¶ 6 As indicated in Dr. Yaren's report, the accused has no criminal record and no history of any mental illness or problem. He immediately admitted his actions and has pleaded guilty in a timely manner. As there was considerable publicity about his arrest and the charge he faced, his counsel pointed out that he, his wife and greater family have already been subjected to humiliation, harassing and threatening telephone calls, as well as having his home spray painted with extremely derogatory words. Much emphasis was placed as to the degree of his remorse, and in making a Personal statement to the court, the accused again displayed what appeared to be sincere and deep regret for his actions.

¶ 7 The extent and availability of child pornographic material on the Internet was referred to earlier. In my view, this should be considered both as an aggravating, as well as mitigating factor. As the accused's counsel pointed out, the accused's actions are minor in comparison to the voluminous amount of such material available by accessing the appropriate sources. At the same time, the actions of the accused add to its availability and thus aggravate the situation. The evil of such exploitation of children is well described in a letter dated October 10, 1997 from Rev. Gordon Taylor of the Fort Garry United Church (also contained in Exhibit S 1), as follows:

"The production, distribution or consumption of child pornography is abhorrent to us who seek to be disciples of Christ. I believe that all too few males in our nation understand that pornography is not about sexual pleasure but about power over others, both vicarious and personal. Many men, including, but not limited to Kirk, have not always appreciated the cruelty and violence against children that goes into the production of these materials. Nor do enough men comprehend the devastation that remains with such individuals who have been used in making pornography. I suspect also that many males do not recognize how these images can erode their own sexuality and spirituality, and degrade the relationships that the users have with others in the community: men, women and children alike. Having acknowledged the evil of this material, nevertheless, I believe that incarceration is not the best way to deal with this crime (and sin), particularly in Kirk's case. It seems to me that to jail this not-yet-mature young man might satisfy some desire for vengeance, but only at the expense of brutalizing him, his wife and new daughter (here I am assuming that Kirk would be at risk as a 'molester' within the prison population). Incarceration would mean the loss of job and income. The cost to the state of protective custody would be augmented by the potential cost of family support. Further, I would think that we would want to encourage others to take responsibility for the actions, as Kirk has done by pleading guilty to the charges; a severe sentence would seem to discourage others from admitting their action. I believe that society's interest in rehabilitation, restitution and deterrence would be better served by requiring Kirk to further explore and understand the consequences of pornography on its victims, and to work to make other males aware of the damage pornography does."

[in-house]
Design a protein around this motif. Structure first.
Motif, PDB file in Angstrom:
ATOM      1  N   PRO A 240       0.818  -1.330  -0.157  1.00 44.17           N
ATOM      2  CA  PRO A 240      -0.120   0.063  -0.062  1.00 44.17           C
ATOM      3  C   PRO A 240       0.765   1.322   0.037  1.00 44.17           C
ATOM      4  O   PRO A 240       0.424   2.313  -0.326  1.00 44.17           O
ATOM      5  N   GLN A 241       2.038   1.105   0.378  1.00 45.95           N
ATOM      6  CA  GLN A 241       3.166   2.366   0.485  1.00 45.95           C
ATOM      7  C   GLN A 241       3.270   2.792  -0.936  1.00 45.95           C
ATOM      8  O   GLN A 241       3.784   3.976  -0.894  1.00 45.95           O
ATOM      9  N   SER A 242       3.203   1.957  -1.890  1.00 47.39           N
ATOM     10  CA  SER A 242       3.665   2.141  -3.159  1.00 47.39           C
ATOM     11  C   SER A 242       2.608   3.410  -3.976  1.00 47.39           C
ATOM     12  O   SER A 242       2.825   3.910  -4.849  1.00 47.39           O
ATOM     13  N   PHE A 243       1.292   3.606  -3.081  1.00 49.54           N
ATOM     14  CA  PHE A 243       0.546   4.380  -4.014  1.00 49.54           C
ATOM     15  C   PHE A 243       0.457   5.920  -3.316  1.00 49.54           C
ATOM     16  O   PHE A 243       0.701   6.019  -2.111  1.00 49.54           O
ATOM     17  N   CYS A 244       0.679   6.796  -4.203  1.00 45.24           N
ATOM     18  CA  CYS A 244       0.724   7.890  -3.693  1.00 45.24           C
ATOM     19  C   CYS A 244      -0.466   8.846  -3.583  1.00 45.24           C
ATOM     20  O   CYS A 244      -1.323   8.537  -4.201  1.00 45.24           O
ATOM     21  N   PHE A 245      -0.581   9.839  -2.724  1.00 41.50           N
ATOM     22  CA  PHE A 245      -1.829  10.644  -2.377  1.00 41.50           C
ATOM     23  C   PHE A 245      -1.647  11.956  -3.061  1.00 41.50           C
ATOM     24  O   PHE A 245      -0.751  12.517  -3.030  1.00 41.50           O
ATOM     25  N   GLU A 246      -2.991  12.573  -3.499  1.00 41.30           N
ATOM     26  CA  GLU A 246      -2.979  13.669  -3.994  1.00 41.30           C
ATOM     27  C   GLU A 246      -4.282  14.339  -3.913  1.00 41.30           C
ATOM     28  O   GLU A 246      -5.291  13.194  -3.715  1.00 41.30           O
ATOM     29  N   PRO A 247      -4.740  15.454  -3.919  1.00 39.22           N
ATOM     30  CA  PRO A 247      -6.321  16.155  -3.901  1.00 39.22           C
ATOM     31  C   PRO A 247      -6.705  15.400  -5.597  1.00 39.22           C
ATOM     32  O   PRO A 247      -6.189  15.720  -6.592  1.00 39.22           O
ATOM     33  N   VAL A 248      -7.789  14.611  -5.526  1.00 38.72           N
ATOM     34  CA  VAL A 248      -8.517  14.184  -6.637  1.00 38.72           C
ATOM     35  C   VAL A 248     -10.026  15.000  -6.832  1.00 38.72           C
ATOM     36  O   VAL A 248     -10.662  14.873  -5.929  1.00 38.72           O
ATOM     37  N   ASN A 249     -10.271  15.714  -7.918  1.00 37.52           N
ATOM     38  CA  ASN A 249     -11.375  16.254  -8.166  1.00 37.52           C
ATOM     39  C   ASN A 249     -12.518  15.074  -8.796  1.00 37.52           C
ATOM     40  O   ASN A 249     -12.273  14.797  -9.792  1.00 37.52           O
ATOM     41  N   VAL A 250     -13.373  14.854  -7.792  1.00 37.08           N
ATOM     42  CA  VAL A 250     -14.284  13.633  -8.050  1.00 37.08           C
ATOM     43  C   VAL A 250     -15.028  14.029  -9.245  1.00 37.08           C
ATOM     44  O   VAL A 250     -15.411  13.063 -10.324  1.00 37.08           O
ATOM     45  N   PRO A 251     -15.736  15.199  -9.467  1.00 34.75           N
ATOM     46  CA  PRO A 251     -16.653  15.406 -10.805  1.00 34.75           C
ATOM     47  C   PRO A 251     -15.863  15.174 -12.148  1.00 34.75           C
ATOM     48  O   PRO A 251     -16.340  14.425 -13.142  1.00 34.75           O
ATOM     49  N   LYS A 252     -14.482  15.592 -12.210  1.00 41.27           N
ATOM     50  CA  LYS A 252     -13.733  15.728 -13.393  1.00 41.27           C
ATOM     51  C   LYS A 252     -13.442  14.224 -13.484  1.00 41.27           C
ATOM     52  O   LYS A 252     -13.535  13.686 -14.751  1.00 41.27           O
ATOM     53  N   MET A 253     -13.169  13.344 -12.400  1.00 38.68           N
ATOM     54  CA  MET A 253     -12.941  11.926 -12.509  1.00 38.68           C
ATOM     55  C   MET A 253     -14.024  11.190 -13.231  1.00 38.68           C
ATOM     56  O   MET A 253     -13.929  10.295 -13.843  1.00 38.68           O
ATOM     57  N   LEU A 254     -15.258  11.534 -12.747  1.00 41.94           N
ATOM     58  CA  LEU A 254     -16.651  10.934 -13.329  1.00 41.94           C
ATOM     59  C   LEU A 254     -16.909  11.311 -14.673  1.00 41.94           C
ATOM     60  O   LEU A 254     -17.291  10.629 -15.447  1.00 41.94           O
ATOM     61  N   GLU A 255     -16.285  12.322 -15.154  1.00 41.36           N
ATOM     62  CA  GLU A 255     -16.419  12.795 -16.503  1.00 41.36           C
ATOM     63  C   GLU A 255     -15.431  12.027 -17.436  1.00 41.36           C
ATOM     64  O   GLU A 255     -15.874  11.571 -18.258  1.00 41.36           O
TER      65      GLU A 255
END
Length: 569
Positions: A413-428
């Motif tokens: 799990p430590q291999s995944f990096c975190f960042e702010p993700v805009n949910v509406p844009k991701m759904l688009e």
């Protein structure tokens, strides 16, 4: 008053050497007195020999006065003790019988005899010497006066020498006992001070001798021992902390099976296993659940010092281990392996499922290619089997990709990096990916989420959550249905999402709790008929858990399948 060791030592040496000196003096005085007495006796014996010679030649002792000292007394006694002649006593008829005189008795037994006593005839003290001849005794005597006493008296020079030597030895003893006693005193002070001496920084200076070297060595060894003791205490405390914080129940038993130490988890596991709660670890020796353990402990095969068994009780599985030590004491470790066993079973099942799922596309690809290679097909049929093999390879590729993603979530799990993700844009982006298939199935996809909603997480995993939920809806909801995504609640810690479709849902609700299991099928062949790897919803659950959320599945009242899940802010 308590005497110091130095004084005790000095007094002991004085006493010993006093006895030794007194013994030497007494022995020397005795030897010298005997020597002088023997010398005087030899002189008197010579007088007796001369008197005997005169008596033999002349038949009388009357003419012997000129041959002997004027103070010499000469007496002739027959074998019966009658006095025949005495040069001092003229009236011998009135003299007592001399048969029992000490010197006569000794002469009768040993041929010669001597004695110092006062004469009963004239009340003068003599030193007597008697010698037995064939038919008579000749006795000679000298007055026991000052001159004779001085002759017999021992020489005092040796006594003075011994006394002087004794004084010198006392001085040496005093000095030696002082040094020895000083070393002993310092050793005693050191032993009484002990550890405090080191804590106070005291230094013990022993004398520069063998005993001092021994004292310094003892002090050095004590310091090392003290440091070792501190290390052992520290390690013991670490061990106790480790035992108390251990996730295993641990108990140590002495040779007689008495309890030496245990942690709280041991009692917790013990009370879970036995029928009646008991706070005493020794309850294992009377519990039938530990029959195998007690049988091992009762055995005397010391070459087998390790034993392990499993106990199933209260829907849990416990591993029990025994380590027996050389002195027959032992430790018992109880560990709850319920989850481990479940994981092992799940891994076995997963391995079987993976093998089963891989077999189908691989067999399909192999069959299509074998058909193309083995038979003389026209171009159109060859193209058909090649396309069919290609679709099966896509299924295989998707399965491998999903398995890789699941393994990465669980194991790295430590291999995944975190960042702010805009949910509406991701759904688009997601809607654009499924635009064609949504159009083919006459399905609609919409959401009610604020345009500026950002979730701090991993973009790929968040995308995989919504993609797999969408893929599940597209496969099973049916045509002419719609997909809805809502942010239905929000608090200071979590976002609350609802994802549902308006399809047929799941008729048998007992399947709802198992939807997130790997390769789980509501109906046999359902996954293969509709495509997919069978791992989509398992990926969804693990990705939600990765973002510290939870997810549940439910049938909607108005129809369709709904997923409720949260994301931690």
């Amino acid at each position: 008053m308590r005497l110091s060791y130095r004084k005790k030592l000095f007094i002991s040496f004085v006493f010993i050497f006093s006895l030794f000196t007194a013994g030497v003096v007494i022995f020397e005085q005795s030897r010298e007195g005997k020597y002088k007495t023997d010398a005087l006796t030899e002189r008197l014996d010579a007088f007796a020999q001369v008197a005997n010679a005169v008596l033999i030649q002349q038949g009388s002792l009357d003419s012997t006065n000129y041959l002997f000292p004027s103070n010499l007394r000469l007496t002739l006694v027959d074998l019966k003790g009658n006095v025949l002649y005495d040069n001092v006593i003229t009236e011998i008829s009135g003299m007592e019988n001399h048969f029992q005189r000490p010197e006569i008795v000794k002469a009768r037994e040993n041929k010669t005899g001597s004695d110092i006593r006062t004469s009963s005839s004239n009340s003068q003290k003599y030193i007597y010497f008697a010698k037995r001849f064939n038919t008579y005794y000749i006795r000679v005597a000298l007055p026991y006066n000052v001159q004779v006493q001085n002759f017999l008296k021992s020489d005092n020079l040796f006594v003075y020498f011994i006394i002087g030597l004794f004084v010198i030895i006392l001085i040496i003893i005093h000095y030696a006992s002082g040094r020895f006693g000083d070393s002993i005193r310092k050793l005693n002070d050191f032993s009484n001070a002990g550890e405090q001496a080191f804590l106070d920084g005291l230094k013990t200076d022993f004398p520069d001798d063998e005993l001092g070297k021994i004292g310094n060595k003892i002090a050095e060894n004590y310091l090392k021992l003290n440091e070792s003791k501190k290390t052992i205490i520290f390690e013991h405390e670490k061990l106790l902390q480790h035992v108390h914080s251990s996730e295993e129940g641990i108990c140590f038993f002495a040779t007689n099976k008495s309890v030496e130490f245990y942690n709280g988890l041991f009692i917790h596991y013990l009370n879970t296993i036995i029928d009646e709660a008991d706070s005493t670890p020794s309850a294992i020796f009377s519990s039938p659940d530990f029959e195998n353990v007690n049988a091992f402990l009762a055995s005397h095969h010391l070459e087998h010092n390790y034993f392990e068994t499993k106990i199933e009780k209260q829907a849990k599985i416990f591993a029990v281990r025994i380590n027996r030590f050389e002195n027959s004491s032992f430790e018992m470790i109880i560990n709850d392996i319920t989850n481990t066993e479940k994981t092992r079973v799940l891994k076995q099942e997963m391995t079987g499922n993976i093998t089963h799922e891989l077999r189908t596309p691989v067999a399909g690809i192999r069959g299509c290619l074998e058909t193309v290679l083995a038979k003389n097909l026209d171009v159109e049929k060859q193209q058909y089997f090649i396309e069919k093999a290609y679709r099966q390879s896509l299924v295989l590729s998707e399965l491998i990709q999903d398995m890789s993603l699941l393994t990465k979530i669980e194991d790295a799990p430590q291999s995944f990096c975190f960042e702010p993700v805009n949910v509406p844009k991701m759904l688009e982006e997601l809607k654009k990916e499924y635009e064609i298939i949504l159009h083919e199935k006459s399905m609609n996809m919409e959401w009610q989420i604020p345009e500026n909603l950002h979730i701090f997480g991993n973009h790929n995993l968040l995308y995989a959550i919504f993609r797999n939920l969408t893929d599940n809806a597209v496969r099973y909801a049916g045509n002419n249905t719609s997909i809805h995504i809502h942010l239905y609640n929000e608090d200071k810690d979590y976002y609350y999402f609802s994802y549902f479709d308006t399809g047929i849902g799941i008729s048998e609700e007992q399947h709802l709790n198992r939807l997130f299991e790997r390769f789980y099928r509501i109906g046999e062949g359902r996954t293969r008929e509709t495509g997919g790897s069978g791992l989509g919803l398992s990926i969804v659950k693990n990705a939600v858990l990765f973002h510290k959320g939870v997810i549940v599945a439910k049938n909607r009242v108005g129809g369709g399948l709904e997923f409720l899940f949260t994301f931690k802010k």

¶ 8 To this point, I have written mainly about the actions and personality of the accused. Equally important, of course, is the potential harm which his actions may encourage others to engage in. It is recognized clinically that in the four-steps leading to pedophilia such material often accelerate the de-sensitivity to deviant sexual behaviour and the eventual acting out and actual physical child abuse. Courts must surely attempt to address' this concern with whatever sentencing alternatives are legally available.

¶ 9 The Crown relied upon the judgment of Morden A.C.J.O., Ontario Court of Appeal in R. v. Stroempl, (1995) 105 C.C.C. (3d), p. 187, in which the accused, a man of 67 years, was convicted of possessing a large quantity of child pornography, with no evidence of pedophilia, nor a profit motive, had his sentence reduced from 18 months to 10 months on appeal. Justice Morden quotes Finlayson, J. of the Ontario Court of Appeal in R. v. Jewell, 100 C.C.C. (3d) 270 at p. 277, as follows:

"The conduct underlying these convictions discloses a subculture that is unsettling and repugnant. These appeals confront the court with the pressing issue of how to deal with offenders such as the appellants who prey on young persons, boys in this case, for no other purpose than their own sexual gratification. The court must be responsible to emerging concerns that pornography, particularly child pornography, has become an area of criminality that increasingly menaces our young people and threatens our values as a society. Because pornography now can be so easily prepared and disseminated through relatively inexpensive means, such as the handheld video camera used in the case under appeal, it has emerged as a very real problem in our society."